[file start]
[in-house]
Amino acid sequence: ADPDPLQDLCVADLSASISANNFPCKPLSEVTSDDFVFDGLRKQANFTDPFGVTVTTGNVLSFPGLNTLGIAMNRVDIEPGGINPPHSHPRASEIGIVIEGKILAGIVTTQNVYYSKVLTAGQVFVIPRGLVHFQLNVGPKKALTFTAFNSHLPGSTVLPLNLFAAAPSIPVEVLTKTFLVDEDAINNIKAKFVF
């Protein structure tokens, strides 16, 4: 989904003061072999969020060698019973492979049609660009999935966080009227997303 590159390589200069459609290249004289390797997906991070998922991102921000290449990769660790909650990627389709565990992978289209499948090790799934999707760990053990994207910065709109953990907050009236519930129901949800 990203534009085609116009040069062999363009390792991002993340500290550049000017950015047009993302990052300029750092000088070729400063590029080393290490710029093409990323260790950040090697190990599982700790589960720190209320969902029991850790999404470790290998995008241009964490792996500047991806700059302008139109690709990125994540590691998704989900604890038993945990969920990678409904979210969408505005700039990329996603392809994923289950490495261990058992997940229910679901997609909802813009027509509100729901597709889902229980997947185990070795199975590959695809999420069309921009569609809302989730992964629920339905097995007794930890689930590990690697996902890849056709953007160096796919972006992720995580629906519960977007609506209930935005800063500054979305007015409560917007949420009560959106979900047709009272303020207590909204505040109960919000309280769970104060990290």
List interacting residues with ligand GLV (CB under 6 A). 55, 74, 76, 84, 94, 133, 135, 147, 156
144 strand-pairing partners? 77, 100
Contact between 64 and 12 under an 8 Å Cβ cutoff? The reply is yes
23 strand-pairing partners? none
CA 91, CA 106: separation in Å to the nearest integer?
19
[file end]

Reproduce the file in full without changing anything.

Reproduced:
[in-house]
Amino acid sequence: ADPDPLQDLCVADLSASISANNFPCKPLSEVTSDDFVFDGLRKQANFTDPFGVTVTTGNVLSFPGLNTLGIAMNRVDIEPGGINPPHSHPRASEIGIVIEGKILAGIVTTQNVYYSKVLTAGQVFVIPRGLVHFQLNVGPKKALTFTAFNSHLPGSTVLPLNLFAAAPSIPVEVLTKTFLVDEDAINNIKAKFVF
């Protein structure tokens, strides 16, 4: 989904003061072999969020060698019973492979049609660009999935966080009227997303 590159390589200069459609290249004289390797997906991070998922991102921000290449990769660790909650990627389709565990992978289209499948090790799934999707760990053990994207910065709109953990907050009236519930129901949800 990203534009085609116009040069062999363009390792991002993340500290550049000017950015047009993302990052300029750092000088070729400063590029080393290490710029093409990323260790950040090697190990599982700790589960720190209320969902029991850790999404470790290998995008241009964490792996500047991806700059302008139109690709990125994540590691998704989900604890038993945990969920990678409904979210969408505005700039990329996603392809994923289950490495261990058992997940229910679901997609909802813009027509509100729901597709889902229980997947185990070795199975590959695809999420069309921009569609809302989730992964629920339905097995007794930890689930590990690697996902890849056709953007160096796919972006992720995580629906519960977007609506209930935005800063500054979305007015409560917007949420009560959106979900047709009272303020207590909204505040109960919000309280769970104060990290």
List interacting residues with ligand GLV (CB under 6 A). 55, 74, 76, 84, 94, 133, 135, 147, 156
144 strand-pairing partners? 77, 100
Contact between 64 and 12 under an 8 Å Cβ cutoff? The reply is yes
23 strand-pairing partners? none
CA 91, CA 106: separation in Å to the nearest integer?
19